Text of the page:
Not Ashamed

The Narrative Lectionary points us to Romans 1:1-17 to begin a short series through the first part of Romans. This is, of course, theological t-bone steak. There is no milk of the Word here! That might be why some may shy away from Romans. It is rich and it is also very complex in places.

From the very beginning, Paul introduces himself as ‘a servant of Jesus Christ’. It is clear that this servant of Christ intends to emphasize the Gospel of Christ right away. His life purpose was uprooted and redirected on the road to Damascus. This Pharisee and Persecutor became a Disciple and Apostle in that experience. He was ‘set apart for the gospel of God’. This Gospel is not a new teaching that suddenly appeared, but is a fulfillment. God keeps his promises. The Jewish readers will want to know that God hasn’t changed his mind about them. The Gentile readers will want to know that they are not left out. I thought that The Bible Project’s video introduction to the first four chapters of Romans was excellent in setting up the book. I recommend reading it. I showed it to my Bible class.

Even from this introductory statement Paul is expertly weaving the story of God’s faithfulness in the Old Testament and connecting it to the death, burial, and resurrection of Jesus. He proclaims this to be the Good News (Gospel) and it certainly is. Its news about was foreshadowed by the prophets, divinely transferred through David’s generations all the way to the resurrection of Jesus from the dead. This resurrection was the telling sign, the assurance of His divinity. He was “declared to be Son of God with power”. That is not just Good News for the Jews, but also for the Gentiles – to everyone who is “called to belong to Jesus Christ”. And all of that is just in the introduction!

We do not believe Paul had visited the Roman church, but he certainly knew of them. When Claudius expelled the Jews from Rome, Paul had occasion to meet some of them. When they returned, he had instant contacts in the Roman church. He prays for them desires to come and visit them, and is eager to “proclaim the gospel” to them. Reading through chapter 16, it is evident that Paul feels a closeness to the people of this church.

If there is a pinnacle to this chapter, it is in verses 16-17. The boldness of this proclamation inspires us. I Am Not Ashamed! I even ordered some wrist bracelets like those above to pass out Sunday. I’ll make fun of those who are too ashamed to wear them. (OK, I wouldn’t do that!) Veteran gospel preacher, now with the Lord, Marvin Phillips once preached a sermon I still remember decades later. He talked about how he would be ashamed to be ashamed. After knowing all that Christ had done for us, how could WE be ashamed of HIM?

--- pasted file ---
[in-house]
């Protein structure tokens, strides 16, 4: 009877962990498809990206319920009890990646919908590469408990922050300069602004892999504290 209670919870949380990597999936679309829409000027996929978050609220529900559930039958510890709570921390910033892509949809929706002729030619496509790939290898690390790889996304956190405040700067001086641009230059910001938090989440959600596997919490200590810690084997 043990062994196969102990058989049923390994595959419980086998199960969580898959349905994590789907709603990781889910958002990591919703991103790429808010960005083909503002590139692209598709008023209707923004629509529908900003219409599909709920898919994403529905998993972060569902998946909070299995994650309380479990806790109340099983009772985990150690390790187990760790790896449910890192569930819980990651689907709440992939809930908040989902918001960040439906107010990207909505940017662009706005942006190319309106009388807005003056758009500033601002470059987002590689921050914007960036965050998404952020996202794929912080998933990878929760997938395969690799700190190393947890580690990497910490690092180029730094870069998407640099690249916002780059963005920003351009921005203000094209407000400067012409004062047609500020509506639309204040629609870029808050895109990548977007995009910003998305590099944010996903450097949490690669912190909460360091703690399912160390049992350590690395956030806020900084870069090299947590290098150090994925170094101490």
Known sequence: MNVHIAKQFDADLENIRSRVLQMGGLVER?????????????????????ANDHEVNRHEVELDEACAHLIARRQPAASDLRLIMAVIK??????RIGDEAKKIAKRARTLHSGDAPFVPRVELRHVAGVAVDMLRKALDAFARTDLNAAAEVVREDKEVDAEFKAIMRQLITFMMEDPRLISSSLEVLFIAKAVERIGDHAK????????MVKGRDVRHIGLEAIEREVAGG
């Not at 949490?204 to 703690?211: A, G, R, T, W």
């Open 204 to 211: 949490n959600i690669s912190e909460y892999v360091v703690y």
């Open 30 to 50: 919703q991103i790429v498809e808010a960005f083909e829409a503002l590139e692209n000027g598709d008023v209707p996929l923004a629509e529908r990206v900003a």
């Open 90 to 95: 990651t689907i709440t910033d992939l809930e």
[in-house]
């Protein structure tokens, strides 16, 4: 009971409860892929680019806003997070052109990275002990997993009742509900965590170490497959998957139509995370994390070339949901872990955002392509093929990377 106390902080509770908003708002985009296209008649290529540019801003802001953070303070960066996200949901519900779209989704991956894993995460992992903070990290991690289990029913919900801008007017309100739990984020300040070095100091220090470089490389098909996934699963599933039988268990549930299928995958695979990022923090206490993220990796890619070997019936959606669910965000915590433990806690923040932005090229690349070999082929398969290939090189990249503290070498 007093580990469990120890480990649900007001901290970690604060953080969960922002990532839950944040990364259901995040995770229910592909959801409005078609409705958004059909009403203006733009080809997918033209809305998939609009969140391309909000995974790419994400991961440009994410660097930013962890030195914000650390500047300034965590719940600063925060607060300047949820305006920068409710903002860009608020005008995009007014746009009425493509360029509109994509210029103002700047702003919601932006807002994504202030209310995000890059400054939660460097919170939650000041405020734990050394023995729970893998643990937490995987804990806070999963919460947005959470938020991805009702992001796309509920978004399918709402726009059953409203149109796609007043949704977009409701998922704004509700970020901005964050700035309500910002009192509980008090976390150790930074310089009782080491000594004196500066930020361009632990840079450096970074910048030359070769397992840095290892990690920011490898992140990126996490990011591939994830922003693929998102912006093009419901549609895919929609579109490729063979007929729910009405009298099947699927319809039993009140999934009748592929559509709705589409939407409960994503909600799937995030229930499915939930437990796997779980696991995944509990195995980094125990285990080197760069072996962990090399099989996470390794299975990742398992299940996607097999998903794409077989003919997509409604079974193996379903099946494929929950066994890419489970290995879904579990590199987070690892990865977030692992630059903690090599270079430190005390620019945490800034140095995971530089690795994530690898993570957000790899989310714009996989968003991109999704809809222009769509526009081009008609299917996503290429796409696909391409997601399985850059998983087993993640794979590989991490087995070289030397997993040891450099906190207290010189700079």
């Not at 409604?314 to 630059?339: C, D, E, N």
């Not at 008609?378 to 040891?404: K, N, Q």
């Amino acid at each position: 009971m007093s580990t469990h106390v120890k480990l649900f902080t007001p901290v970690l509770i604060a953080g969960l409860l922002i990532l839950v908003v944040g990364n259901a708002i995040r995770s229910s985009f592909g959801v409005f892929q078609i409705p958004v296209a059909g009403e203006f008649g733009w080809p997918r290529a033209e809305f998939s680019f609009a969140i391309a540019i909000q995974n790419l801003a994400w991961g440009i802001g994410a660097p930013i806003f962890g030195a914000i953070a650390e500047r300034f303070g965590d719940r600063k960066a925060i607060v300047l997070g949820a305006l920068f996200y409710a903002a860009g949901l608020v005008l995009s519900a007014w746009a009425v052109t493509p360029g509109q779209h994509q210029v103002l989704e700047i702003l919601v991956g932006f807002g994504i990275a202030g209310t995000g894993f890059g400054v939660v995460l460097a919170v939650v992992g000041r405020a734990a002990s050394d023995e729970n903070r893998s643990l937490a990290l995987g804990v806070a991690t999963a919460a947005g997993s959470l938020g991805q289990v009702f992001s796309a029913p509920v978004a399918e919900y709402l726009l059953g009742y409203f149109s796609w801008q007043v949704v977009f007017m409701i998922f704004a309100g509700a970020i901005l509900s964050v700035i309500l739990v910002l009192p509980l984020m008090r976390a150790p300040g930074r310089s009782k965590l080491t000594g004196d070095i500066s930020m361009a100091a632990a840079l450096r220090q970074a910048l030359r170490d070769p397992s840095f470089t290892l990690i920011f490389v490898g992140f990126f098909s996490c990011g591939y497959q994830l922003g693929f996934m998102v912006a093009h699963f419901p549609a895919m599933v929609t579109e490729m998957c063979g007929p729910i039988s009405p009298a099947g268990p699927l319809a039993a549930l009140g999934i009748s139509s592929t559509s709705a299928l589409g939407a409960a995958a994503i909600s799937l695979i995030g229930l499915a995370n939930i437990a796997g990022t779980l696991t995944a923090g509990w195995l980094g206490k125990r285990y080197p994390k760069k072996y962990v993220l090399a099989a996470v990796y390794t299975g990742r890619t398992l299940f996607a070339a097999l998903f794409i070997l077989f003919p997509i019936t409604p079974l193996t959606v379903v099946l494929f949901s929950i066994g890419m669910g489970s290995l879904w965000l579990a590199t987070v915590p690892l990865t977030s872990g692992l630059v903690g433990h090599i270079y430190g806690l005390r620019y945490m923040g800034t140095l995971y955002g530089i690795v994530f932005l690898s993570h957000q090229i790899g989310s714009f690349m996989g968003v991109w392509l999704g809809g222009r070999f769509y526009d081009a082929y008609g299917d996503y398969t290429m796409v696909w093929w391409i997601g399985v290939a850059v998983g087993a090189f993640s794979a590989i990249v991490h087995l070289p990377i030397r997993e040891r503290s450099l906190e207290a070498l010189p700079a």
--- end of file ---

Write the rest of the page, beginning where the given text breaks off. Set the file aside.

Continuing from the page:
But there is some shame about the Gospel these days, isn’t there? It isn’t hard to notice that the world now mostly regards the church as old fashioned and full of phonies. Individualized religious search that involves openness to every world religion is preferred over going to ‘church’ and being told what to believe. Talking about the Gospel ought to be a part of the Christian’s everyday vocabulary, but that has been stifled by the reception that often receives. People sometimes work with fellow Christians for years without realizing the other is a Christian! Although all of that is anecdotal I would guess you ‘ve seen some version of it.

Paul wasn’t unashamed because he was an apostle and a missionary. He was unashamed because he was an unworthy chief of sinners that Jesus somehow thought should be saved! The Gospel is the power of God for salvation. It’s not reserved for superstars of morality and faith heritage. It’s for all who believe. The Gospel reveals the righteousness of God. It doesn’t reveal how good I am, nor how smart, nor how much I’ve overcome. The Gospel is about God, not about me. So when I believe the Gospel I’m not believing about my goodness, but His.

Verse 17 has that familiar itchy translation. “The one who is righteous will live by faith.” Or is it, “The one who is righteous through faith will live.” Habakkuk 2:4 might help us when it says in part, “the righteous will live by their faith.” No, that didn’t clear it up. I think it would be an interesting lesson to use both of them and recognize that they are both correct.

There’s a lot to think about for the sermon this Sunday. How will the preacher apply this passage to the congregation? The Narrative Lectionary goes right to Romans 5 next week. So the highly debated sections at the end of chapter 1 are left for another day unless you’re just wanting to toss it in…like a hand grenade. Seriously, it is worthy of the study of course.

You are invited to join in the discussion and sharing of resources on my FB page Narrative Lectionarians.